Welsh Government accused of ‘breaking’ Welsh Duolingo course
The Welsh Government has been accused of “breaking” Welsh Duolingo after an update which introduced scores of errors to the course was added by a government funded agency.
In October last year, the language learning app Duolingo announced it would mothball its Welsh course – meaning it could no longer be edited or updated.
Just before the course was frozen in time, it received a minor update which developers say initiated errors and inconsistencies that can no longer be corrected.
Mistakes include the misspelling of Welsh words, marking answers as wrong when they are correct, marking the north Wales version of some words as incorrect and correct mutations being ignored.
At the time the errors were introduced, Nation.Cymru reached out to Duolingo to inform them of the mistakes and request a statement but we received no response.
A group of volunteers wrote and maintained the course from its launch in 2016 to 2021. After that, the Welsh Government funded National Centre for Learning Welsh took over the responsibility up until the course was mothballed in 2023.
The admins of the volunteer run Facebook support group, Duolingo Welsh Learners, put together a list of the errors and sent them to eduction minister Jeremy Miles asking that he assist in initiating a repair to the course.
They say that they received a response stating the errors were not a matter for the Welsh Government and should be raised directly with Duolingo instead.
This was despite the Welsh Government previously saying: “Duolingo has indicated that they are willing to have a regular dialogue with the Welsh Government and the National Centre for Learning Welsh, which will allow us to review if future updates or corrections to the Welsh course are needed.”
Developers say the response they received ignores the fact the National Centre for Learning Welsh is responsible for writing the error filled topics which have undermined the course.
Nation.Cymru has seen several records of conversation between the Centre’s employees and admins of the Duolingo Welsh Learners support group which indicates an update “to repair important things” was being made to the course just before it was mothballed.
The update was introduced to only a few users at first and within days support group admins say they began receiving confused and angry messages from learners about errors.
Former experienced Duolingo Welsh course contributors say they have offered to correct the errors at no cost to the Welsh Government.
Richard Morse, a former contributor and one of the support group admins said: “It is so disheartening to see nine years of developing the Duolingo Welsh course being thrown away by disinterested politicians.
“The work to fix this problem can be completed in a short time by experienced Duolingo contributors. We have offered to do it at no cost to the Welsh Government. We hope they will take up our offer and have the necessary discussions with Duolingo.”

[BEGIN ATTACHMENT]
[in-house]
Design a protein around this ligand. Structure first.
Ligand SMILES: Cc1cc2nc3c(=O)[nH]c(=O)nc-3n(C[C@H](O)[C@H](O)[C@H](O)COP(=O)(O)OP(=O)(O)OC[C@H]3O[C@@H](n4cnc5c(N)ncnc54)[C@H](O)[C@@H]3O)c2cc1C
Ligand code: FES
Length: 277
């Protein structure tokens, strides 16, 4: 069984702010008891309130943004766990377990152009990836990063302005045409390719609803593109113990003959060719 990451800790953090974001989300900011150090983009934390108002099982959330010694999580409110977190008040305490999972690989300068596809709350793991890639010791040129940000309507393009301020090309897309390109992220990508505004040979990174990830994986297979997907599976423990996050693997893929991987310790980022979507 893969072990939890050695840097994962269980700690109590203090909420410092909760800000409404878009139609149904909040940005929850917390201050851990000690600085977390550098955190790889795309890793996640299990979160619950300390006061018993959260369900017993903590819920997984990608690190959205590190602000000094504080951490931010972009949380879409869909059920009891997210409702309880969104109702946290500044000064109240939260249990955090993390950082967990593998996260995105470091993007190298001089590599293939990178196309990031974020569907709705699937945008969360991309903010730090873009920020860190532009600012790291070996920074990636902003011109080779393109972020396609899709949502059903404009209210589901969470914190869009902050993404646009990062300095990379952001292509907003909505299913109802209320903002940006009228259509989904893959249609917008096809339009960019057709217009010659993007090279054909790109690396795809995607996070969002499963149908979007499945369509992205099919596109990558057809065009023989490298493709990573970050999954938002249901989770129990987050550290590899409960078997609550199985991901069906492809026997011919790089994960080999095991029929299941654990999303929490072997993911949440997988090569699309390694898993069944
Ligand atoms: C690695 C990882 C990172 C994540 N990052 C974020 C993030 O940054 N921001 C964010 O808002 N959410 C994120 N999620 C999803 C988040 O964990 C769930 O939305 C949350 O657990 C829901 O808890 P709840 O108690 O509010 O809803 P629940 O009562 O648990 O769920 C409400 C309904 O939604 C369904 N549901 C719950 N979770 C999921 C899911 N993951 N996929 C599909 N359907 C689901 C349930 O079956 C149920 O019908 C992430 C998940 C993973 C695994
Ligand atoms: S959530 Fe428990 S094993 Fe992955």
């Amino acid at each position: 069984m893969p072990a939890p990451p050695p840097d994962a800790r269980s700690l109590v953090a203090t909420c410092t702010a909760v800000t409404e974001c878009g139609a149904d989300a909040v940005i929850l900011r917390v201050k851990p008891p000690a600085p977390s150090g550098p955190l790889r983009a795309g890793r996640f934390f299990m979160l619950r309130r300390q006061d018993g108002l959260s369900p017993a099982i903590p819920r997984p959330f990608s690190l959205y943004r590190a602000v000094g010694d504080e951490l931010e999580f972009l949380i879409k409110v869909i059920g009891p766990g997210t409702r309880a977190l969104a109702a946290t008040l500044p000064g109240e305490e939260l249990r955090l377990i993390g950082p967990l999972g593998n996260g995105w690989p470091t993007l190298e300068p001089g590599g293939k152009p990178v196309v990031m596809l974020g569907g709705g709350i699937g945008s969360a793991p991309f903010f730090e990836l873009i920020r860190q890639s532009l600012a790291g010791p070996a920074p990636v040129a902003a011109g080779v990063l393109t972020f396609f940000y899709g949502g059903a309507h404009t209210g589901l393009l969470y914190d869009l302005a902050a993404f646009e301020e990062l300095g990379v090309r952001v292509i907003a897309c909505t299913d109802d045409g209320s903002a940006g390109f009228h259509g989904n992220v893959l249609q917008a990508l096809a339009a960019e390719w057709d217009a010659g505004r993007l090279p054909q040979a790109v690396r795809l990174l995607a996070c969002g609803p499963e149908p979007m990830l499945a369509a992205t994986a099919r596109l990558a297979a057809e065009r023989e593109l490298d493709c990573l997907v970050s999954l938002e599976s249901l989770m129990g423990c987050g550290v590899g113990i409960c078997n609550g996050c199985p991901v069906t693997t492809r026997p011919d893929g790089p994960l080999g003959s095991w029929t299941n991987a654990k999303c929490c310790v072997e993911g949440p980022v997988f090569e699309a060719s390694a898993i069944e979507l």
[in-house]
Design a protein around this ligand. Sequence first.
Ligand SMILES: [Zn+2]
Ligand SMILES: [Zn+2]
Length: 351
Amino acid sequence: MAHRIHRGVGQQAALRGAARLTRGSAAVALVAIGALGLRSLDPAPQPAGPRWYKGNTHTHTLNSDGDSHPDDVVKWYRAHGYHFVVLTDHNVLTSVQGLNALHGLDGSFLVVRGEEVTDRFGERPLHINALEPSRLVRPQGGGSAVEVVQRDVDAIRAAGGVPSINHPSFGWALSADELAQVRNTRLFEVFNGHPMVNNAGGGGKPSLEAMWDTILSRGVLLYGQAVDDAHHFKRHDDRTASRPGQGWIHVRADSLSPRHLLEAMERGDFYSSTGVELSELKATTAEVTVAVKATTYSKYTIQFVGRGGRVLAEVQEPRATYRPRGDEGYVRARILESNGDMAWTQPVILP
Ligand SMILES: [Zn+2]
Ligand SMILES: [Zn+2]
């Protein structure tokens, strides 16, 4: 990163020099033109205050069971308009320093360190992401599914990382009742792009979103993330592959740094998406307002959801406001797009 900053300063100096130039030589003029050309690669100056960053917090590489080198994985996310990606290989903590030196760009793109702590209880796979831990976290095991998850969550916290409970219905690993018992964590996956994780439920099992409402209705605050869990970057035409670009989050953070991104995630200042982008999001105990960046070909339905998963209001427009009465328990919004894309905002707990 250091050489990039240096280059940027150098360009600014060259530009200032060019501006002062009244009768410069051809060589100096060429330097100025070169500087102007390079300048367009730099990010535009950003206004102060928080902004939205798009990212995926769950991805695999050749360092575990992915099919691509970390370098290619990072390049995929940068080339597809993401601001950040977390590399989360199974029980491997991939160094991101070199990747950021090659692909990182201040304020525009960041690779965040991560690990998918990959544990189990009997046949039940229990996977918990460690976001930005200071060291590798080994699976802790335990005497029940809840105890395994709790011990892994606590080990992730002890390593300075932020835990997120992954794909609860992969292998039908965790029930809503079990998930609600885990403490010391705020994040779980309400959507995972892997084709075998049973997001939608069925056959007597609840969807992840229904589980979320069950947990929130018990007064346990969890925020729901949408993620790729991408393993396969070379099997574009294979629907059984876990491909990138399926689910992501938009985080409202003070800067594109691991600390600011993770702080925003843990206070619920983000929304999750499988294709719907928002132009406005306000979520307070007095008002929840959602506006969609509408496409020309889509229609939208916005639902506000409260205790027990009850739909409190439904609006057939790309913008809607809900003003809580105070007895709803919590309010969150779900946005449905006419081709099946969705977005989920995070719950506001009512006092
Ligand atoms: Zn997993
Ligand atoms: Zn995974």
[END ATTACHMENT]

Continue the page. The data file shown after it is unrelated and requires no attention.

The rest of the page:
Duolingo Welsh Learners support admin, Gisella Albertini said: “The situation is simple. The Welsh Government has broken the Duolingo Welsh course. They shouldn’t deny responsibility. They need to fix these errors for the sake of Welsh learners of all ages everywhere.”
Christopher Short, another of the Duolingo Welsh support group admins, and a former course contributor, said: “Every day Welsh learners are expressing their frustration and confusion with all these new errors. Patterns they have learned in the previous 108 units are now being rejected because of the errors in the update.”
We contacted the Welsh Government and the Nation Centre for Learning Welsh and both indicated the course can be updated via the Centre if corrections are needed.
Duolingo also told us they are now “actively working on correcting any errors” to the Welsh course.
A Welsh Government spokesperson said: “Duolingo is an excellent resource that can help learners on their journey to become Welsh speakers. If anybody notices an error, or wants to discuss the style used in the Welsh content, we would encourage them to get in touch with the National Centre for Learning Welsh in order for them to discuss with Duolingo.”
A spokesperson for the National Centre for Learning Welsh said: “Duolingo decided to pause development of its Welsh course at the end of November 2023, in order to focus on its other language courses.
“New units were added around this time, developed by the National Centre for Learning Welsh, and are being successfully used by thousands of learners. Duolingo is directly employing a Welsh tutor to respond to any issues arising with the new units, including adding many alternative translations.
“The Duolingo Welsh course continues to be available free of charge and remains a valuable learning resource for those wishing to start learning the language or to improve their skills.”
A Duolingo spokesperson said: “We continuously work towards improving the quality of all courses on Duolingo and are actively working on correcting any errors that may be present in the Welsh course.”
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